- I note that the mother does not retract these allegations. Nor does she state that she is accepting of the findings made. Her main motivation in withdrawing from the appeal is cost – not that she will be saddled with a bill of costs but rather, she risks not having enough left in her publicly funded pot to continue to be represented after the appeal has been concluded. A secondary consideration was, it would seem, the “welfare of the children” and the impact upon them of this continuing litigation. Unsurprisingly, the father expressed his concern that if given simple permission to withdraw her appeal then these allegations would almost certainly surface to be litigated again in some form or other.
- Accordingly, although I have decided to give permission for the mother to withdraw her application for an oral hearing in relation to Grounds 1-9, I have decided to do so only after I have made a decision on Ground 10 effectively as I would have done on the papers. By this means there will have been a merits based decision recorded on each of the Grounds.
That, I think, was a good call. It would otherwise have always been hanging over the case. In case anybody else is envisaging an appeal on similar grounds to Ground 10, this might pour some cold water on it
- Ground 10
- I turn now to the additional Ground which reads as follows: “the decision of the DJ in this matter related to various matters of a sexual nature…
it demonstrates the poor exercise of Judgment in relation to matters of a sexual nature…it demonstrates poor exercise of judgment more generally…justice has to be seen to be done and the public would have no confidence in this DJ dealing with a matter of a sexual nature”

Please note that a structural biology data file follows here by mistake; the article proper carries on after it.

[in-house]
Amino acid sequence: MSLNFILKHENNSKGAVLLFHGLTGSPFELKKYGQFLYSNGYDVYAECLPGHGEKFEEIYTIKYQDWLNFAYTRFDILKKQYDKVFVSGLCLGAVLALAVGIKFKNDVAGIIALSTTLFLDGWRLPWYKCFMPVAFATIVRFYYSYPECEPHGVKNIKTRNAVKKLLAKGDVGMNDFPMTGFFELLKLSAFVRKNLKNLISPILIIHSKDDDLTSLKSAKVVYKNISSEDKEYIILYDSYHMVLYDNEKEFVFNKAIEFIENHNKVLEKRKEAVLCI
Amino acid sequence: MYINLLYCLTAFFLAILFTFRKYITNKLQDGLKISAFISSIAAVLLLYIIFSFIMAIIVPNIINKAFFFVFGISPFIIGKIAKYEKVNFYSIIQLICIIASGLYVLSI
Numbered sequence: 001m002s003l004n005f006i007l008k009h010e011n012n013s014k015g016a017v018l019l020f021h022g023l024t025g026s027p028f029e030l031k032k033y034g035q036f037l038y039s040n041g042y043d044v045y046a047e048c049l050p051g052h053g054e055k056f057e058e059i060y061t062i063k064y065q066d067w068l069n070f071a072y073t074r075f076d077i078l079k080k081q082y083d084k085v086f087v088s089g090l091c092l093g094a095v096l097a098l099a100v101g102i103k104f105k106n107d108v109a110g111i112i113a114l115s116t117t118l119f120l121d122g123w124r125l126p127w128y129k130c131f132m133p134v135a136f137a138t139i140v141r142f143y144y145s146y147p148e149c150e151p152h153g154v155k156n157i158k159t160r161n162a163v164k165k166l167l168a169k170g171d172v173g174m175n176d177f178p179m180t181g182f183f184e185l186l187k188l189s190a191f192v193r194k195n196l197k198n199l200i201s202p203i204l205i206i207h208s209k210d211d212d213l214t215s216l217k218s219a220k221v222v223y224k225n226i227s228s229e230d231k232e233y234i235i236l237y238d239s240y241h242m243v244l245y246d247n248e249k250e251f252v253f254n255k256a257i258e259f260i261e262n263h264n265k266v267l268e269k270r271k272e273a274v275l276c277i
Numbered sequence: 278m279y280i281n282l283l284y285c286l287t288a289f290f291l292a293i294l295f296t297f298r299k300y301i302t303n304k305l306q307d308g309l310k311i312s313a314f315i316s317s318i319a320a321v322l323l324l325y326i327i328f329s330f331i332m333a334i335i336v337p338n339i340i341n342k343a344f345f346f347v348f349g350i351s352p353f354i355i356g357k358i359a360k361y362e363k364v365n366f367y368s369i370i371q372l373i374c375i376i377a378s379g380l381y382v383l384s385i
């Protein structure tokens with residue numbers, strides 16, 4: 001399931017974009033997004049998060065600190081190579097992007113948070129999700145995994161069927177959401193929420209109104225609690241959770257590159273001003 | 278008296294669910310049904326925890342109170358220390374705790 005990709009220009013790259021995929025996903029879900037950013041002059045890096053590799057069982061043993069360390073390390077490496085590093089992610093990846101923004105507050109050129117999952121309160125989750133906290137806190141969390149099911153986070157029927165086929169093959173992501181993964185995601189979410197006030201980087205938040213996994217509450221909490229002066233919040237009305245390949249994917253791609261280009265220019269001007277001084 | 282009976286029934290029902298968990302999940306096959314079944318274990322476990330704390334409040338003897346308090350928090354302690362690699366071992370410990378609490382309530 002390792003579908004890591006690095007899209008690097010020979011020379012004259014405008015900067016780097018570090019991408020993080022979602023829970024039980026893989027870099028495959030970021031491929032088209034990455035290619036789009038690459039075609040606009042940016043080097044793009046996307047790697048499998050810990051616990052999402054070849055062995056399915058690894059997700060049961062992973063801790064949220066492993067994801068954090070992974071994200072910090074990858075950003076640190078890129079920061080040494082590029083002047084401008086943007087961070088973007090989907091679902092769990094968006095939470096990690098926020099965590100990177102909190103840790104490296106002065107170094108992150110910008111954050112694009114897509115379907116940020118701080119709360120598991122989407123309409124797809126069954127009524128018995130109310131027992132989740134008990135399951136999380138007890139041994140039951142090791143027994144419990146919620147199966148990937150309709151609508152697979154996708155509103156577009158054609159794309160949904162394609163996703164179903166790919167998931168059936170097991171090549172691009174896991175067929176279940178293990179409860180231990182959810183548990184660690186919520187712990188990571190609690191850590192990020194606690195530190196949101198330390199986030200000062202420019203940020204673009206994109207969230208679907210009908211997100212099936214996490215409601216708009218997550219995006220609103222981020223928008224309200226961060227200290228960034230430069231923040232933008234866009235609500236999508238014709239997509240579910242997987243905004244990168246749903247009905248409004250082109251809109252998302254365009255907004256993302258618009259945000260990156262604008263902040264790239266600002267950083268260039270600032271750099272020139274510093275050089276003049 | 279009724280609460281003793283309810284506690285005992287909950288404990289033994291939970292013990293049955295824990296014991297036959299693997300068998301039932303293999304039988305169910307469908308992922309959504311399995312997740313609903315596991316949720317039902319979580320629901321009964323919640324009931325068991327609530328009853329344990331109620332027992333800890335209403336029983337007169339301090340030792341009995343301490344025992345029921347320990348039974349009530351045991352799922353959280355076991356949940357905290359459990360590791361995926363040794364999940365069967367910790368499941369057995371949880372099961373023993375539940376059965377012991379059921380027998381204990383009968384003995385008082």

- The skeleton argument develops two arguments between paragraphs 88 and 93:
a. The removal of the District Judge from office demonstrates that he had conducted himself in a manner inconsistent with the high standards of judicial office expected of the judiciary and shows a lack of judgment which is undermining of his decision making generally;
b. The sexual nature of the behaviour leading to dismissal demonstrates that his judgment in “matters of a sexual nature has been found to be impaired” and the public cannot be expected to have confidence in his decision making as a result.
- I give permission to appeal only if I consider that there is a real prospect of success or there is another compelling reason why the appeal should be heard. To succeed on the substantive appeal the mother will need to show that the DJ was wrong or that the decision is unjust by reason of some other serious procedural or other irregularity in the proceedings.
- I have now read all of the papers lodged in what was to be an oral application for permission. I have not heard oral argument and so the decision which follows is effectively made on the papers but on a considerable body of paper. I am quite satisfied that the appeal on Ground 10 has no reasonable prospect of success and indeed I consider it to be without merit. I will explain why.
- The lack of judgment arguably demonstrated by the District Judge through misconduct in his office does not necessarily infect all areas in which he has to exercise Judgment. District Judge B was dismissed because of inappropriate use of judicial IT. It does not follow that he has thereby demonstrated himself incapable of making a proper judicial decision. If it did it would mean all of his decisions would be null and void following his dismissal. That simply is not right.